IMIS | Flanders Marine Institute
 

Flanders Marine Institute

Platform for marine research

IMIS

Publications | Institutes | Persons | Datasets | Projects | Maps
[ report an error in this record ]basket (0): add | show Printer-friendly version

Numerical study of the air sea interactions in the Antarctic coastal zone and their implications on deep sea formation in the case of katabatic wind
Gallée, H.; Berger, A.; Schayes, G.; Fichelet, T.; Marsiat, I.; Tricot, C.; van Ypersele, J.P. (1989). Numerical study of the air sea interactions in the Antarctic coastal zone and their implications on deep sea formation in the case of katabatic wind, in: Caschetto, S. (Ed.) Belgian scientific research programme on Antarctica: scientific results of phase I (10/1985-01/1989): 3. Glaciology and climatology. pp. 03/1-40 + A1-21
In: Caschetto, S. (Ed.) (1989). Belgian scientific research programme on Antarctica: scientific results of phase I (10/1985-01/1989): 3. Glaciology and climatology. Science Policy Office of Belgium: Brussel. 280 pp., more

Available in Authors 
    VLIZ: Expedition Reports [8917]

Keyword
    Marine

Authors  Top 
  • Gallée, H.
  • Berger, A., more
  • Schayes, G.
  • Fichelet, T.
  • Marsiat, I.
  • Tricot, C.
  • van Ypersele, J.P., more

Abstract
    Antarctica plays an important and particular role in the climate system. lts location (South Pole) is responsible of the formation of an ice sheet which covers entirely the continent. Because of the intense infrared radiative heat losses, cold dense air forms near the surface and flows down to the coast where its daily average speed reaches 200 km/hour at some places. Katabatic flow can thwart the synoptic weather situation and can maintain coastal water areas free of ice. In these ice free zones, strong heat exchanges occur between the cold atmosphere and the relatively warm ocean, with enhanced sea ice formation and salt rejection in the water column. This mechanism plays an important role in the deep sea water formaton and, because the ocean is an important reservoir of heat and CO2, it can affect the climate over long time scales. The purpose of the present work is the study of the ocean -atmosphere interactions in the Antarctic coastal zone under polar night conditions which are particularly favorable to katabatic winds development. The spatial evolution of katabatic winds along idealized and realistic slopes representative of Antarctic terrain is investigated using an atmospheric two-dimensional primitive equation model written in terrain following δ- coordinate and with high resolution. The surface heat balance of snow (which is assumed to recover sea ice and continental ice) is computed using a simple soil model. Three first simulations are done with the ocean being recovered by sea ice.The slope is either constant, either realistic (Adélie Land topography is then chosen). Much of the flow evolution is completed by 15 h integration period. Then a downslope momentum forces analysis of the katabatic flow is made, emphasizing on physical mechanisms in the coastal zone. The importance of the reversal of the pressure gradient force in the coastal zone, causing the sudden decay of katabatic winds and the onset of a "sea ice breeze" flow, is discussed. It is shown that the cause of this phenomenon is the pilling up of cold katabatic air in the coastal region. Second the consequences of the absence of sea ice cover on the whole ocean or in a small coastal polynia, are examined. The terrain profile is that of Adélie Land. It is been that a small water area free of ice does not influence the atmospheric circulation signficantly. On the contrary, the heating of the air by an underlaying completely ice free ocean is such that the " sea ice breeze ftow" in the coastal zone is weakened. Finally a polynia model is forced by the output of the atmospheric model in the case of an ocean free of ice. The computed salt fluxes in the polynia are sufficient so that deep sea water can form if the atmospheric circulation is maintained during 2 month.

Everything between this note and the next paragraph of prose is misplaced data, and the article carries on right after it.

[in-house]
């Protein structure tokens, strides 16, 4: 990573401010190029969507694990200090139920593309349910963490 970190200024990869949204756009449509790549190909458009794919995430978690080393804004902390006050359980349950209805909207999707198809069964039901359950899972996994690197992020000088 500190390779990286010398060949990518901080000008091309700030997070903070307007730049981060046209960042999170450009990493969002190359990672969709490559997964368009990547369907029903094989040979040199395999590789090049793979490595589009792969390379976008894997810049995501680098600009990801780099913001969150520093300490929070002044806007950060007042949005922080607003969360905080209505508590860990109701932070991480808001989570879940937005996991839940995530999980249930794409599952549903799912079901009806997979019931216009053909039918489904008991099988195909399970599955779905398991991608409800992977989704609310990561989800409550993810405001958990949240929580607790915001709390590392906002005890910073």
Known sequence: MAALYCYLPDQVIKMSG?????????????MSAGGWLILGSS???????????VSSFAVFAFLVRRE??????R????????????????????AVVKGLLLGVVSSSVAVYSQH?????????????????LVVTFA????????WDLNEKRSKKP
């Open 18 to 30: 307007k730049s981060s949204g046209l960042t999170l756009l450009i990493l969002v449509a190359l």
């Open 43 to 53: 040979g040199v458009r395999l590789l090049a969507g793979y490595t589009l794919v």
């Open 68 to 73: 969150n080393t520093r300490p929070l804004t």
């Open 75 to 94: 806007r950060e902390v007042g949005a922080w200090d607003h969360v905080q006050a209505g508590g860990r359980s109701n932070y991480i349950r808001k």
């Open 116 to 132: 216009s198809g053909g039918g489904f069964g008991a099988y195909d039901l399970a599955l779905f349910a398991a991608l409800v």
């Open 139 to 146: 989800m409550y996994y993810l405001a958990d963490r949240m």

All data in IMIS is subject to the VLIZ privacy policy Top | Authors